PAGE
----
The competition to design Real Madrid’s new Santiago Bernabéu stadium has a winner. The soccer club has chosen the project presented by German firm GMP Architekten and the studios L-35 and Ribas&Ribas over those from Rafael Moneo and Swiss architects Herzog & de Meuron; Norman Foster and Rafael de la Hoz; and Carlos Lamela and Populous.
All four bid teams received a call from Real on Wednesday informing them of the decision. The club will officially publish the name of the winners and the details of the project in the coming days, most likely on Friday.
Spanning two years, the competition has not been without controversy. First of all, it was put out to tender twice: after the first versions of the projects were presented in September 2012, the club decided that as well transforming the stadium into an icon of the capital, it also needed to serve to significantly increase its income. So it went back to the architects to ask them to redesign their initial projects to include such things as a hotel and shopping mall, as well as space for a potential sponsor to provide 200 million of the 400-million-euro project in exchange for having its name attached to the new stadium.
The firms presented their new designs before the summer of last year. That of Carlos Lamela and Populous was predicted to generate 82 million euros per year compared to the approximately 40 million the stadium brings in at present; that of Foster and De la Hoz pointed to income of 76 million; that of GMP, 52; and that of De Moneo, 45.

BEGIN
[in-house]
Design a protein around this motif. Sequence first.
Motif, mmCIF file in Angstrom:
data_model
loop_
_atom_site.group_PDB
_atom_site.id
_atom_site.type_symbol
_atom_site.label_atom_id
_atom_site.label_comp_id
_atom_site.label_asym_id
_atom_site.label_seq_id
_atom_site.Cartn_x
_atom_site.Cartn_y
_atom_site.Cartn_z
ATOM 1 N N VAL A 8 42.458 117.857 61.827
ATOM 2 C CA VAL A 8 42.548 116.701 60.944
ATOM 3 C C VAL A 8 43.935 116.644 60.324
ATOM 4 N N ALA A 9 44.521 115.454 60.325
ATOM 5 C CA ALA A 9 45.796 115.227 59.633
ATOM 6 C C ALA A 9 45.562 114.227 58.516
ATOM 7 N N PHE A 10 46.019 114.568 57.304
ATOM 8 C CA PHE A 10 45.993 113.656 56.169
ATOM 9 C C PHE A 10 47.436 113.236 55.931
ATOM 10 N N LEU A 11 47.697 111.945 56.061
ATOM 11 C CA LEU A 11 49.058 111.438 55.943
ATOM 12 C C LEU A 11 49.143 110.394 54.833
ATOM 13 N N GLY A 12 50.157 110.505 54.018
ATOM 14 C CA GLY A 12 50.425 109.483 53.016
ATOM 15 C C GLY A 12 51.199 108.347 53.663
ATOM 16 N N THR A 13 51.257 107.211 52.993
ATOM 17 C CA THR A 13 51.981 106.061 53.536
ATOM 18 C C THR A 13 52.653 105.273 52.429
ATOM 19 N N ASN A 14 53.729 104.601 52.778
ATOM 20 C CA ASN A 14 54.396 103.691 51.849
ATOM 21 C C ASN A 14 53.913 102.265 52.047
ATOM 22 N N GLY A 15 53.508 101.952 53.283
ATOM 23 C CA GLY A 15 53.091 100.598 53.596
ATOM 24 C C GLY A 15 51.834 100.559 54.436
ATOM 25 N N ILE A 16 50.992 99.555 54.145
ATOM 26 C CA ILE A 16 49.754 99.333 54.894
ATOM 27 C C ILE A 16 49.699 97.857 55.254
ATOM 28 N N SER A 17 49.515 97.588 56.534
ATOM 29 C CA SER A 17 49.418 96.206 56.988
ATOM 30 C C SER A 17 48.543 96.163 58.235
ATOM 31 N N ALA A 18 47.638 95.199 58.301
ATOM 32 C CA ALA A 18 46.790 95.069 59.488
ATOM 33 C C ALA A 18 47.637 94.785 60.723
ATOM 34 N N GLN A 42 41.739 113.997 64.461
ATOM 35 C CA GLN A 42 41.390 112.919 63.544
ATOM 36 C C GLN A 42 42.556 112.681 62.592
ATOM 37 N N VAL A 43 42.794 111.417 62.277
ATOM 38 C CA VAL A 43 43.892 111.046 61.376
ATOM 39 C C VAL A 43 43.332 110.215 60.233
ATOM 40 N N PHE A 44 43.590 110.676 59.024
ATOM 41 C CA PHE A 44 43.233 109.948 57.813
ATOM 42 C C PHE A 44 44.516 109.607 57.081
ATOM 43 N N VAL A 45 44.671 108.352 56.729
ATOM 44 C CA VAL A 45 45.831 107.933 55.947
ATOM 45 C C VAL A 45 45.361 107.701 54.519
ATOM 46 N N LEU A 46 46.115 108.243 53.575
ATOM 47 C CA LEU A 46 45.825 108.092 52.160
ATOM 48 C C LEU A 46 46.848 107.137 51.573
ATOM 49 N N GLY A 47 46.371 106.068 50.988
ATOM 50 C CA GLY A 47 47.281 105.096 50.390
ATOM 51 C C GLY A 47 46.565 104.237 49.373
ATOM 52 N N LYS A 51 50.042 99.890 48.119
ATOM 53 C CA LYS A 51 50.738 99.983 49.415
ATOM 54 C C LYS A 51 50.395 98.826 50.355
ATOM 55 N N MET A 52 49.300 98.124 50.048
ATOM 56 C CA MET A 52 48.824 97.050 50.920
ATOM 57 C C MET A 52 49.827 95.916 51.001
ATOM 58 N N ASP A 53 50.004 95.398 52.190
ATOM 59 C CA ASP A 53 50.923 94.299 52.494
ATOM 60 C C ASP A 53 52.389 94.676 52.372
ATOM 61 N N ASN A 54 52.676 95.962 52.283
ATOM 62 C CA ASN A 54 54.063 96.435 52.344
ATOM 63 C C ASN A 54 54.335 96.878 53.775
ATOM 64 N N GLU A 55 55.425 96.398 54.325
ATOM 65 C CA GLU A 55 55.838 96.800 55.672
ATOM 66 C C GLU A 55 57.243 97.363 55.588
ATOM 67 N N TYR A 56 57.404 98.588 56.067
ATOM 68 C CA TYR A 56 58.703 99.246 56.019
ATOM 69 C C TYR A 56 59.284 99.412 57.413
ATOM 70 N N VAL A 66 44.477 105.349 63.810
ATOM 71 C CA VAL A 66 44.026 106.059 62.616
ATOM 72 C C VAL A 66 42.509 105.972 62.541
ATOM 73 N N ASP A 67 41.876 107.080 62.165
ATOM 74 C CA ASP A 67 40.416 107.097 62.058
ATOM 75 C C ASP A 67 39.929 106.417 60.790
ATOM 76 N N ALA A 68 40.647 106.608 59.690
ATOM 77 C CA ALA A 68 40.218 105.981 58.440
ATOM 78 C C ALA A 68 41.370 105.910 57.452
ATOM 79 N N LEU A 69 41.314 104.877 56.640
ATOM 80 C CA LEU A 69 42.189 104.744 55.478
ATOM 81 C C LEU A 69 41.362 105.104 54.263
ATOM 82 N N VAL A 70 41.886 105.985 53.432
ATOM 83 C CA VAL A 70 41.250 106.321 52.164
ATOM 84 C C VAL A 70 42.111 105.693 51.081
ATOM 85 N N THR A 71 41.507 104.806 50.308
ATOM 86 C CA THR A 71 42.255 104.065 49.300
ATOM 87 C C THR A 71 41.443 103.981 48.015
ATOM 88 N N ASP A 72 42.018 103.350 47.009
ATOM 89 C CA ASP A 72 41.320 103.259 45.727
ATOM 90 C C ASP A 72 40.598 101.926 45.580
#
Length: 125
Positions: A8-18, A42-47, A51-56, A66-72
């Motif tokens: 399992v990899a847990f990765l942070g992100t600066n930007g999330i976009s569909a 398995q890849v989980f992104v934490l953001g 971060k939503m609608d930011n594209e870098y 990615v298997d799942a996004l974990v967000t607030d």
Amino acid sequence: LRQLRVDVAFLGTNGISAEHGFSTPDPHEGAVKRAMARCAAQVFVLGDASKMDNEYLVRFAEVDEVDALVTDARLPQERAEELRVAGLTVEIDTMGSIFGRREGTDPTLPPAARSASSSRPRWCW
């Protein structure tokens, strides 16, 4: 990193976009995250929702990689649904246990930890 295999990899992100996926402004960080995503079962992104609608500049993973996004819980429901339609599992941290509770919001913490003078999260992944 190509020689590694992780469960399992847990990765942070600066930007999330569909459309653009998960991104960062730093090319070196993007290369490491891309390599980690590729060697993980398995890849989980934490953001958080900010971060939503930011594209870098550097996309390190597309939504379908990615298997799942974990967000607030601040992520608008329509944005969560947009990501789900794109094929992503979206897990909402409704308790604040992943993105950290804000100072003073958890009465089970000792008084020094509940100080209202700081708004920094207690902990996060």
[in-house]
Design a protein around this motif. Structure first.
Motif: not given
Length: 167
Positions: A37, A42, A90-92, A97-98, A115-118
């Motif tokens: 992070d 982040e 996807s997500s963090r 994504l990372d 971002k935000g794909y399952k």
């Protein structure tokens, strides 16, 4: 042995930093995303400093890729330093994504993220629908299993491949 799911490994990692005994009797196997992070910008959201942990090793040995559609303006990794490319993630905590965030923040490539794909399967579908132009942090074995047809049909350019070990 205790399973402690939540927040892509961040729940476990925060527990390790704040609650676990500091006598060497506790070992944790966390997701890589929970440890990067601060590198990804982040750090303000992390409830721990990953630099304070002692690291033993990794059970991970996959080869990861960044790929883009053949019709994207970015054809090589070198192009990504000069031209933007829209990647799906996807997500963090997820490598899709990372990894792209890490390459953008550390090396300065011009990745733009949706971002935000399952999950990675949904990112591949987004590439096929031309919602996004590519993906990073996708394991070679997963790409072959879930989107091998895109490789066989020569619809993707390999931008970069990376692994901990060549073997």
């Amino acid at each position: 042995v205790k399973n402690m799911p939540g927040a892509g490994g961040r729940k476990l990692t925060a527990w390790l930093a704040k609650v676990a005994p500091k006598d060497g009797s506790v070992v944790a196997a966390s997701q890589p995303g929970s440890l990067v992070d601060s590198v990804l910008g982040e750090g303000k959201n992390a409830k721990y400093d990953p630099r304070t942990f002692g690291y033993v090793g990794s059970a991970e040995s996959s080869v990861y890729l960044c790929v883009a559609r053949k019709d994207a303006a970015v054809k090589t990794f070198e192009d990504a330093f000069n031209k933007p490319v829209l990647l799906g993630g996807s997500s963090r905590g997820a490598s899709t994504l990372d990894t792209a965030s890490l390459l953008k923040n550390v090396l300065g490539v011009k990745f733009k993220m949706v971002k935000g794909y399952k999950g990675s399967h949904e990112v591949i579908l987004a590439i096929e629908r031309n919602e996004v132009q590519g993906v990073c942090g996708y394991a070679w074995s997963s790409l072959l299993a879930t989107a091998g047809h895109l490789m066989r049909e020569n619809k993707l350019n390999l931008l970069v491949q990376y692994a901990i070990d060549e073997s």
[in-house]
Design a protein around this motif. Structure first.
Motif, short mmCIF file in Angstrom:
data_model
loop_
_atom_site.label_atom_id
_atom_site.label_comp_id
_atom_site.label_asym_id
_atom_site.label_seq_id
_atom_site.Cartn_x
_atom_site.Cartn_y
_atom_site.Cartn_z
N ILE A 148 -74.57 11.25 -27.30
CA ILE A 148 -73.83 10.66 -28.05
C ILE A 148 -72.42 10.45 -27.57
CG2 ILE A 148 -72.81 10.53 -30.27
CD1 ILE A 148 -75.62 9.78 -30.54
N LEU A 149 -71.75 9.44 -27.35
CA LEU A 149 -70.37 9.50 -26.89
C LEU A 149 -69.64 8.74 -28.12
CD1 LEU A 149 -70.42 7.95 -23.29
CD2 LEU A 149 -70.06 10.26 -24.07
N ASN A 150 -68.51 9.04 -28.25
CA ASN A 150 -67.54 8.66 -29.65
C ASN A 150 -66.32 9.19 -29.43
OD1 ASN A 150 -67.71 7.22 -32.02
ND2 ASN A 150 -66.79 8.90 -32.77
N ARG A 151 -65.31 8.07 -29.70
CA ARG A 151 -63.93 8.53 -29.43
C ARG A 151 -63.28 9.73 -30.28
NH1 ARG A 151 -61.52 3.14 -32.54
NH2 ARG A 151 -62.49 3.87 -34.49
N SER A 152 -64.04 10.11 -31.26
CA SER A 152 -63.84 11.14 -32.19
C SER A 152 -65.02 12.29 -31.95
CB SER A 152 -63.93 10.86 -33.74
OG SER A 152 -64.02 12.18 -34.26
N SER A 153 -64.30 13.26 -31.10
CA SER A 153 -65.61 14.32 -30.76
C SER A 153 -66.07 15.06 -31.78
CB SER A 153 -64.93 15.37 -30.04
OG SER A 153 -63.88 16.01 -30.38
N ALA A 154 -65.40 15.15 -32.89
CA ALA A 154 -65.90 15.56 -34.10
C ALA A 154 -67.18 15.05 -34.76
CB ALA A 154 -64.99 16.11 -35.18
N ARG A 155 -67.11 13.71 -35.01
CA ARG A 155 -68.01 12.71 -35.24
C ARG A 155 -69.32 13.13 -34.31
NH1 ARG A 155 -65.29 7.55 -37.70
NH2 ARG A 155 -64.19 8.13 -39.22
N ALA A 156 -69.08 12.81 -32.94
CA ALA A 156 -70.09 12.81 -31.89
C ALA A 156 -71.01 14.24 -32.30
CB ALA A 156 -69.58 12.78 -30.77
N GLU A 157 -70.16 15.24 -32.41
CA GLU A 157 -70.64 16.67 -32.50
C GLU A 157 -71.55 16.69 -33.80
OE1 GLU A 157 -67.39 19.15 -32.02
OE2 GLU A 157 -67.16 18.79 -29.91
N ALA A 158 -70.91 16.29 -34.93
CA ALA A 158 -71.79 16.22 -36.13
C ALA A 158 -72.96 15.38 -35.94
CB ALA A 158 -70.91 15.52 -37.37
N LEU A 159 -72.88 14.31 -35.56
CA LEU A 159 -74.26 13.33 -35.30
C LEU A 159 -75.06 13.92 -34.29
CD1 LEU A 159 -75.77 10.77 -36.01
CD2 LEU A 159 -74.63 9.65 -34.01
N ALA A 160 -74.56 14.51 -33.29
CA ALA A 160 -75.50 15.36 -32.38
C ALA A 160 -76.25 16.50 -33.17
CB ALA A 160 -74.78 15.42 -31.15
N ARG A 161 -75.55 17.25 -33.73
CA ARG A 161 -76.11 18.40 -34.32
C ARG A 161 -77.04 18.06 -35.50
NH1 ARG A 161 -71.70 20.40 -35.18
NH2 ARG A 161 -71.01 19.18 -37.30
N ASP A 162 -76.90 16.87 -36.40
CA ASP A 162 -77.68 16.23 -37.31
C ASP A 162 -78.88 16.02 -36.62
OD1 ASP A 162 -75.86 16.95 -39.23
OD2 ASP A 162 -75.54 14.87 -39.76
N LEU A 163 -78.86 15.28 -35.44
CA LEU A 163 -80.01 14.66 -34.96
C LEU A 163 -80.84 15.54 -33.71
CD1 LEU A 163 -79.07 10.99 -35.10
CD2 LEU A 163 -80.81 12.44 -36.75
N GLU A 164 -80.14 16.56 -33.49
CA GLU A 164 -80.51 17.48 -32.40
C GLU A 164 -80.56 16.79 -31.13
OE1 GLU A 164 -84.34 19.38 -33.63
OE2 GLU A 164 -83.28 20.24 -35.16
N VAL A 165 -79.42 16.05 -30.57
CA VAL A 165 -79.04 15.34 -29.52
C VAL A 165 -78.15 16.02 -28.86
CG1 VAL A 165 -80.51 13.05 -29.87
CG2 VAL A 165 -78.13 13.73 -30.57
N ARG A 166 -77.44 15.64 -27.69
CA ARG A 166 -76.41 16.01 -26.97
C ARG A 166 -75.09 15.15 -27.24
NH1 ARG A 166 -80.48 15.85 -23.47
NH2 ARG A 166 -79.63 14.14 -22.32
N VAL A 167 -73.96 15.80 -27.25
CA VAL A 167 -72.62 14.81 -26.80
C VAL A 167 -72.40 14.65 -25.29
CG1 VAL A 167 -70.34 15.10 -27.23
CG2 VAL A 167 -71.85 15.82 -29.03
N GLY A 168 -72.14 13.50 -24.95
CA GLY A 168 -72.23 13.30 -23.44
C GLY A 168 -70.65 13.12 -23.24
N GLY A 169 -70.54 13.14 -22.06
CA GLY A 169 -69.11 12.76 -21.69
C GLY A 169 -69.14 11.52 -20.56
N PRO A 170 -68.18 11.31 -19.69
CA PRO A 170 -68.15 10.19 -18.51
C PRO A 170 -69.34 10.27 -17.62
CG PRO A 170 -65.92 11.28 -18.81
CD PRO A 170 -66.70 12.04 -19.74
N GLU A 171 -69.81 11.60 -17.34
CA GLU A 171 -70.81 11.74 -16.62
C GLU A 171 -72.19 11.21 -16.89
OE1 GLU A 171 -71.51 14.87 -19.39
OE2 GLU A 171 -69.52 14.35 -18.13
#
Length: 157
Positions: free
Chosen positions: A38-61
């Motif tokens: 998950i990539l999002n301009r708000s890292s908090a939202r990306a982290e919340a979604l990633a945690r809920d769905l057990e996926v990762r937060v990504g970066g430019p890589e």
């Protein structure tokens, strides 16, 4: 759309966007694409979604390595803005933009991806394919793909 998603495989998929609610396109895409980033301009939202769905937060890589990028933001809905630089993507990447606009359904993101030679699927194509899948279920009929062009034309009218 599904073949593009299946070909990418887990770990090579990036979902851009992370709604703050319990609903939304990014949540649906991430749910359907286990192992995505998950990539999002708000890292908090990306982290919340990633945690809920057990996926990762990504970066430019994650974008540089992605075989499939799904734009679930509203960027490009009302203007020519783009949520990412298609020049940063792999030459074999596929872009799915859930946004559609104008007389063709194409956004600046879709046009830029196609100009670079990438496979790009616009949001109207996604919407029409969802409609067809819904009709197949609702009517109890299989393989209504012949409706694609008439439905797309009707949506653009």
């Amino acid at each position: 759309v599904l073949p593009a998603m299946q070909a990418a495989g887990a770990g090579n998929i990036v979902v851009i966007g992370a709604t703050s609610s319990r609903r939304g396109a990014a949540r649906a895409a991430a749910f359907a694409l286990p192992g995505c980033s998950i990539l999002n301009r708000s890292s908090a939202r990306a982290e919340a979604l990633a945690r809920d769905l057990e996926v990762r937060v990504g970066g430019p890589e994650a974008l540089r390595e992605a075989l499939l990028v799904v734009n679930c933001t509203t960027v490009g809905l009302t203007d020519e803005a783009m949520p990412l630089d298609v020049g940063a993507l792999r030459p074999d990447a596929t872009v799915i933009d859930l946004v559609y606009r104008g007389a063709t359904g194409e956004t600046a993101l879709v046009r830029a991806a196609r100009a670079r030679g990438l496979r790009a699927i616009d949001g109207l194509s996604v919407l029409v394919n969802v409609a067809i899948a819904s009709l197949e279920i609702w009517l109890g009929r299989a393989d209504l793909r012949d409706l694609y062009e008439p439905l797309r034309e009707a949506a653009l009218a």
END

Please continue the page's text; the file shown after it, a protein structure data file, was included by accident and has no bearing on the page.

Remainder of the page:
This is the origin of the second controversy. A source with knowledge of the process from the beginning has pointed out that the club modified these figures in a study commissioned by consultancy firm Bovis. The company drew up a prior report in which it identified the economic differences of each of the studies but in the final version, according to the same source, it said that all the projects had the same profitability.
However, another source with knowledge of the confidential report notes that it only concerned the architects’ projections and that the final valuations were done by club technicians.
The main supporter of the bid by GMP, which is known for its work designing stadiums for the South Africa World Cup and is considered a specialist in creating large arenas, was club president Florentino Pérez. Not everyone had the same opinion, however: one of the people who worked on the German project was Catalan architect Josep Ribas, who is a Barcelona club member, something some Real Madrid directors did not like.